Foreword by Archbishop Desmond Tutu
Classes in social innovation, social entrepreneurship and design thinking have become increasingly popular in recent years. On the one hand, this might be seen as a good thing. After all, the world needs as many smart, engaged citizens as it can get, particularly when you consider the multitude of challenges we face as a planet. But does a career in social change really begin in the classroom, or out in the real world? How much social change is planned, and how much accidental? And which approach tends to lead to the most meaningful, lasting or impactful solutions?
With a foreword from Archbishop Desmond Tutu, “The Rise of the Reluctant Innovator” provides a welcome challenge to conventional wisdom in social entrepreneurship. It highlights the personal stories of ten social innovators from around the world. Ten social innovators – ordinary people – who randomly stumbled across problems, injustices and wrongs and, armed with little more than determination and belief, decided not to turn their backs but to dedicate their lives to solving them.
“The Rise of the Reluctant Innovator” is free to download and share on the kiwanja website – in PDF format – via the link above. The eBook is also available n the Amazon.com and Amazon.co.uk Kindle stores, and as a paperback in most online stores (regular book prices apply).
BBC Future: November 2014
How technology democratised development
Mobile innovator Ken Banks argues that technology has become a vital tool in the fight against poverty.
BBC News: September 2009
Mobiles offer lifelines in Africa
If you want to see how east Africa may respond to the arrival of high-speed internet links, look no further than the mobile phone market, says developer Ken Banks.
BBC News: July 2008
Mobile development rings true
Today from Kenya to South Africa, from Sweden to Greece, conservationists are using mobile networks to track a range of endangered species using GSM technology.
Guardian Online: March 2014
Digital technology means development is now happening outside the system
The spread of the internet and rise of mobile phone ownership means more social entrepreneurs are succeeding outside the traditional development system.
Guardian Online: December 2013
Innovate or die: what it takes to transform global health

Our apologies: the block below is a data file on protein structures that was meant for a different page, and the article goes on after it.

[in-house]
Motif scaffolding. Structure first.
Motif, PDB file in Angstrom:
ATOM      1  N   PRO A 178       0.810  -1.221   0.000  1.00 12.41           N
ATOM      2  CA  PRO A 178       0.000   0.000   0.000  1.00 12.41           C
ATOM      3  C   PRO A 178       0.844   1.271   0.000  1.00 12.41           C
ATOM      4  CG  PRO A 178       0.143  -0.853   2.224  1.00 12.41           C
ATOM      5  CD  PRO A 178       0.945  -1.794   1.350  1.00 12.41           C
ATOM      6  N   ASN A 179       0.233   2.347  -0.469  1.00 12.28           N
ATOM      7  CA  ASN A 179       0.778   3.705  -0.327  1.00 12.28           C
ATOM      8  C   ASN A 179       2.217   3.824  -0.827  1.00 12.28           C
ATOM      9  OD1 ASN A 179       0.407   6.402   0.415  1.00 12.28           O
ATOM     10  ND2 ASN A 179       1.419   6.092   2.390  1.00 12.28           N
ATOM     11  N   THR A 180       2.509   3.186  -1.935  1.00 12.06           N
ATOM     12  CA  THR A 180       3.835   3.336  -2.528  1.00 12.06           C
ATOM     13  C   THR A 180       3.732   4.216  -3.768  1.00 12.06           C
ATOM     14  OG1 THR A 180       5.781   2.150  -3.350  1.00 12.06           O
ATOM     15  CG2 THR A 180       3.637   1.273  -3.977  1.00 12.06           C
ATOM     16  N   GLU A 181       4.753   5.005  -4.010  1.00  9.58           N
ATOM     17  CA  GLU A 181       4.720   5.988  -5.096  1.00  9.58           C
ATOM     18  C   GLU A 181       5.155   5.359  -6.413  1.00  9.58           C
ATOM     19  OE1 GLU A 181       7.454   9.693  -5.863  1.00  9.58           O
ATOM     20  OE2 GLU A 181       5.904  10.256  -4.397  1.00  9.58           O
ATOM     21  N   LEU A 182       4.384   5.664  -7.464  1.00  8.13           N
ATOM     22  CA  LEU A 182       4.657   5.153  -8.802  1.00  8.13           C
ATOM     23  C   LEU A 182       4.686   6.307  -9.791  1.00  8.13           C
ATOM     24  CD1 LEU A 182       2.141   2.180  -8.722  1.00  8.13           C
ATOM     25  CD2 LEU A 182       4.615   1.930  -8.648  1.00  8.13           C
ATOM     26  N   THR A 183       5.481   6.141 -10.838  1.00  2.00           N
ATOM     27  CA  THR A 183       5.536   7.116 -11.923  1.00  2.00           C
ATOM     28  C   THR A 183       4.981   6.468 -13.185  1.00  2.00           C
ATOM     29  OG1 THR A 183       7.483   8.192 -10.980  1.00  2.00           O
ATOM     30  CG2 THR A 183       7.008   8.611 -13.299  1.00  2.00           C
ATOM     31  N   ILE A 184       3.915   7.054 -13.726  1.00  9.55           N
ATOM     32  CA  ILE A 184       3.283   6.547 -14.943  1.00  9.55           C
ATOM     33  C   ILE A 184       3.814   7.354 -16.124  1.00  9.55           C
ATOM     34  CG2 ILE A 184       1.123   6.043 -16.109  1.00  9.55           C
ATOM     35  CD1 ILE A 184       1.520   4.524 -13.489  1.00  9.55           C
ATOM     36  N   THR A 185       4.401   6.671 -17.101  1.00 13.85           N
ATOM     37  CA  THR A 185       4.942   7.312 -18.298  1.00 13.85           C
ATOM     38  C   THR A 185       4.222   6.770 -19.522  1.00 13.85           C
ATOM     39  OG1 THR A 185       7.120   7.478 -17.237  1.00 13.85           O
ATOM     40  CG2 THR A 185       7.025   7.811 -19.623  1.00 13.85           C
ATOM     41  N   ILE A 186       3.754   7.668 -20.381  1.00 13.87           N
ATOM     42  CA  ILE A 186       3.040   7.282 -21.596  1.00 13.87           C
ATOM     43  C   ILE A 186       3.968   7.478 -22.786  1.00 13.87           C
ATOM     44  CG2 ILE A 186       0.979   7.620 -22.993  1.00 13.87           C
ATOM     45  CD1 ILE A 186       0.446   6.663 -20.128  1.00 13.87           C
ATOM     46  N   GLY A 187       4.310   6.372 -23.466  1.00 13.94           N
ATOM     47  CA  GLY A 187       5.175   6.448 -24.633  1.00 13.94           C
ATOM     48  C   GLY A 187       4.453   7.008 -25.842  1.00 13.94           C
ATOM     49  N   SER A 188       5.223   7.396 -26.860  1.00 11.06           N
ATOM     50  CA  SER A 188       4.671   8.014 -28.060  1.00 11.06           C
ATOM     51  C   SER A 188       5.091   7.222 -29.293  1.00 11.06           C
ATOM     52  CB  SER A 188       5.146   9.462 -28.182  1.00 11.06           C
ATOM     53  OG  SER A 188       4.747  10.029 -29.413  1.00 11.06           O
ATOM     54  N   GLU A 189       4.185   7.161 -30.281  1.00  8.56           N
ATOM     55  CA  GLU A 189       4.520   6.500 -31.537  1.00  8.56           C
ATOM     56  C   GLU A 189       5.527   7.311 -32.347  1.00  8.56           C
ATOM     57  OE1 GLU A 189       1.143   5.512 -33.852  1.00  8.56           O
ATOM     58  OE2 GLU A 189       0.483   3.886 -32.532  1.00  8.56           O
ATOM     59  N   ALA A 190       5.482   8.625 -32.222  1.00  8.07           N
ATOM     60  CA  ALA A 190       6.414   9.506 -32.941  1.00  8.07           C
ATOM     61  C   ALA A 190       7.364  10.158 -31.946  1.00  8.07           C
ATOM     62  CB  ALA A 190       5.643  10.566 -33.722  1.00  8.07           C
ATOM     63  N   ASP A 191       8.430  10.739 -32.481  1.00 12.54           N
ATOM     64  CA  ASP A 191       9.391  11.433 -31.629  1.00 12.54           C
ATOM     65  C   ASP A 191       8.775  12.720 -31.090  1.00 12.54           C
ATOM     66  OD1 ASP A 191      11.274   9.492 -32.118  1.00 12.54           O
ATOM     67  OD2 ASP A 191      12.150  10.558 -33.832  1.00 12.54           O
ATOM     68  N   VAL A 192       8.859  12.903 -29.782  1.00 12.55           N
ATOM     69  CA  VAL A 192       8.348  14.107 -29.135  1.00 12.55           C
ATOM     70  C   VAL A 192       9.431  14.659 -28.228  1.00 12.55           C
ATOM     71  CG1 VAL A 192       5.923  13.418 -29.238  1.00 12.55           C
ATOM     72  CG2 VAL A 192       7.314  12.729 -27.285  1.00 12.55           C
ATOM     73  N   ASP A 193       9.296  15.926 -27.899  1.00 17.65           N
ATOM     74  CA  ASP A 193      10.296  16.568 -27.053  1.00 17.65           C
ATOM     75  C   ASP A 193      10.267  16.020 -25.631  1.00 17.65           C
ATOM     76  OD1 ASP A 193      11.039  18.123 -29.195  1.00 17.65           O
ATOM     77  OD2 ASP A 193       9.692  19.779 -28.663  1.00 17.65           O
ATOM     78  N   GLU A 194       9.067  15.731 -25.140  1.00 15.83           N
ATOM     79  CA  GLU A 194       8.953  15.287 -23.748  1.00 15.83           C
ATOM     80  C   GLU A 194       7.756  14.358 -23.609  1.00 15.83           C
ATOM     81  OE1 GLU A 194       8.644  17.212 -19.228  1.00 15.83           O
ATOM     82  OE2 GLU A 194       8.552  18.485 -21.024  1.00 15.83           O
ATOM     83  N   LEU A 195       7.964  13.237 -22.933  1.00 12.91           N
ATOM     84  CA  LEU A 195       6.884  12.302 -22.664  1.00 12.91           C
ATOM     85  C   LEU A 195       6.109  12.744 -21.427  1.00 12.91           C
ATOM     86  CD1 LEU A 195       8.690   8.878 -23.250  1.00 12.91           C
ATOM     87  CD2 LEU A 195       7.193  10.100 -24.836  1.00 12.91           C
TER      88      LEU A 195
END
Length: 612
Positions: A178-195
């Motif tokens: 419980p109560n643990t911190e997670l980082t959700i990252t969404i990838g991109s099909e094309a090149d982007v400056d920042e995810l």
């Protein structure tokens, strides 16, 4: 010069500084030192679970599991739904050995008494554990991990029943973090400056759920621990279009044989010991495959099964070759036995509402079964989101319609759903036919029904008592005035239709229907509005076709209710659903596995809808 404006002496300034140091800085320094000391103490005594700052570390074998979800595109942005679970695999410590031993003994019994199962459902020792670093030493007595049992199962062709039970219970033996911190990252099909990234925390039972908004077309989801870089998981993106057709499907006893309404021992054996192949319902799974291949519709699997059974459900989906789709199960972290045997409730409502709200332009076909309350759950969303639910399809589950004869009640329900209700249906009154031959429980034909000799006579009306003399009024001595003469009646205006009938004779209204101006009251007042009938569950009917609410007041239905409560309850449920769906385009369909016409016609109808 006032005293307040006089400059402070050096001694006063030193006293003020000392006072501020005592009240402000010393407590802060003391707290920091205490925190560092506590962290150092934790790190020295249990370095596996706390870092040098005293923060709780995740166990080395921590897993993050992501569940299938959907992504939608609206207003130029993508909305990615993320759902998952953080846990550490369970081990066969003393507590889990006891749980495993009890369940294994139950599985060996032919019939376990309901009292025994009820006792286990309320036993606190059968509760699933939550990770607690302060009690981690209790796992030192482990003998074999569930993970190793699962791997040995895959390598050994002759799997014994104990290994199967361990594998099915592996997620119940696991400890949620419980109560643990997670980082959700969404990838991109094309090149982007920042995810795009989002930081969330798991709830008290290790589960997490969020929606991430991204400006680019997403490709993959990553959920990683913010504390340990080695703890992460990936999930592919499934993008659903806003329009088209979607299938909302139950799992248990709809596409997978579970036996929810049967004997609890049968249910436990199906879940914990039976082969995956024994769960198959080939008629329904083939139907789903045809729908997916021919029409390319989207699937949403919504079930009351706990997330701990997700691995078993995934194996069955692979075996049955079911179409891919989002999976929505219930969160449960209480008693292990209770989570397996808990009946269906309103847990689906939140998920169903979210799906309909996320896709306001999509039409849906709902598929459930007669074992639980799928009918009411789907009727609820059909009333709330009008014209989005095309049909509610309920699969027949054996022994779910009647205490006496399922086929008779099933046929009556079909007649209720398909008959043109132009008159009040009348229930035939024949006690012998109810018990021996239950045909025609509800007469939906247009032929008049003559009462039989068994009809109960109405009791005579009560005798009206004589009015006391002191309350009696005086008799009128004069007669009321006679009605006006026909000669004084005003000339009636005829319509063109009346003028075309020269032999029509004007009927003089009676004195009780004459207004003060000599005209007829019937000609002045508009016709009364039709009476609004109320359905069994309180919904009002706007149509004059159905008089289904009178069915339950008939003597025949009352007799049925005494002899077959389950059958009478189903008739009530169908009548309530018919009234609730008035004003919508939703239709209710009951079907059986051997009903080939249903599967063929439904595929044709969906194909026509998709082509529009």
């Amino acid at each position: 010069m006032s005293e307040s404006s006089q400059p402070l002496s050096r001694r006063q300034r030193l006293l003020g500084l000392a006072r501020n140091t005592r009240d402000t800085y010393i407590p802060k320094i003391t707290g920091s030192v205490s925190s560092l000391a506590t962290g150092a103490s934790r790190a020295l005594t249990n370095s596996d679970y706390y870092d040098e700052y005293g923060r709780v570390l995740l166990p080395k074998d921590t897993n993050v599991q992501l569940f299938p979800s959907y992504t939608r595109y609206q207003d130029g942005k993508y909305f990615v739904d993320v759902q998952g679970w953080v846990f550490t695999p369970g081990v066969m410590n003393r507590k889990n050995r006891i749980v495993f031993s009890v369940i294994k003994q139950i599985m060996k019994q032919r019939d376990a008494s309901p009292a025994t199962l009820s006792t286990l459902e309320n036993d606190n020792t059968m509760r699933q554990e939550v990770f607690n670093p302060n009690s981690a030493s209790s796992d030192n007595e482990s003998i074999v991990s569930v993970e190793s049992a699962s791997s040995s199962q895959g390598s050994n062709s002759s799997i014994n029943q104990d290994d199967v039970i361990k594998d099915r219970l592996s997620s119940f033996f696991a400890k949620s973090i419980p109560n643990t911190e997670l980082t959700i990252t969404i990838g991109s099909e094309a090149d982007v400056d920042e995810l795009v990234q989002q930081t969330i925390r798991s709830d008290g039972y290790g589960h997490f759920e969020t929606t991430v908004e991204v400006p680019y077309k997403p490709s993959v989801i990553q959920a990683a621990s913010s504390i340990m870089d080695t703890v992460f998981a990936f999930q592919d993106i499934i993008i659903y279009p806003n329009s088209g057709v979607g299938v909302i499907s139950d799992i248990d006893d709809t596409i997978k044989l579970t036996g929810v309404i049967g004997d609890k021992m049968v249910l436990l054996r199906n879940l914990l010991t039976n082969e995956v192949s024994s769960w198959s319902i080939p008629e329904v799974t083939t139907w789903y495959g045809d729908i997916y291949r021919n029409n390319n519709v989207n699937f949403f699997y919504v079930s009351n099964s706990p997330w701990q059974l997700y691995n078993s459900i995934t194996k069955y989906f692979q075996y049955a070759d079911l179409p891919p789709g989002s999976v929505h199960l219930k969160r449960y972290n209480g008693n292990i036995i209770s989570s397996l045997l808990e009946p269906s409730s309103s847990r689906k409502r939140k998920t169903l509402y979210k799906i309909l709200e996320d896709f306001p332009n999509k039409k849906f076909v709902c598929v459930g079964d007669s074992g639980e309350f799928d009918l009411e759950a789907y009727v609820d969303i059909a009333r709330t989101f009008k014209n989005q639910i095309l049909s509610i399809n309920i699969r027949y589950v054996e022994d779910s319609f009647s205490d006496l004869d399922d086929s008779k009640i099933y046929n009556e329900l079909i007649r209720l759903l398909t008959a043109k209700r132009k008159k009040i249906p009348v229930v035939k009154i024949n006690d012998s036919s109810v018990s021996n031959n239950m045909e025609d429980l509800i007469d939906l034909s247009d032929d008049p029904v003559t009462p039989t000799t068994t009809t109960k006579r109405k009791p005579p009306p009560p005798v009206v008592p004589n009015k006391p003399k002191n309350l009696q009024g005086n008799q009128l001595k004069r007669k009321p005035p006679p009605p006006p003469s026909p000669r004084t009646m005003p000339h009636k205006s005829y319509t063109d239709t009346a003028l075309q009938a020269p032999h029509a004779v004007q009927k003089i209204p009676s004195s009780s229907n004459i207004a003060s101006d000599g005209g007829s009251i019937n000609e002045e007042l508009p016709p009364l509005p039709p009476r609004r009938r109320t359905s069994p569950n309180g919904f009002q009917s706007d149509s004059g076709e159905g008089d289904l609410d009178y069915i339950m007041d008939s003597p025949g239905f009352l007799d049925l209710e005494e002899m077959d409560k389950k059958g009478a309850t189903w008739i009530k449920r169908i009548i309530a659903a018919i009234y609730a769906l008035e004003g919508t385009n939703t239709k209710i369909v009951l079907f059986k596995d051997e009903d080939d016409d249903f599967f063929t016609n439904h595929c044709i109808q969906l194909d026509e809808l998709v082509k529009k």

Social entrepreneurs are changing the lives of millions in the developing world, but it is often a lonely and frustrating journey. Ken Banks shares his tips for success for would-be innovators.
Guardian Online: January 2012
Technology’s new chance to make a difference in 2012
The ICT4D community must close the gap between the hype around new technologies and the reality in the developing world.
Guardian Online: June 2011
Activate 2011: Technology powered by people
The one-day conference on technology and development made clear it’s not just about technology, but who uses it and how.
Guardian Online: February 2011
Mobile conference needed more debate on development
An ‘intense’ annual congress of the mobile phone industry could have focused more on the non-profit use of the technology.
Guardian Online: January 2011
Technology’s role in fighting poverty is still ripe for discussion
As technology blazes a trail, policy and procedure are playing catch-up to harness the benefits for development projects.
Stanford Social Innovation Review: December 2015
The Top-Down, Bottom-Up Development Challenge
Do international development projects designed and managed at the grassroots level perform better overall than those managed from the outside?
Stanford Social Innovation Review: April 2015
From Projects to People: Addressing a Donor Funding Imbalance
Donors are always calling for innovative thinking, so why not show a little inclination to innovate themselves?
Stanford Social Innovation Review: September 2014
A New Donor Code of Conduct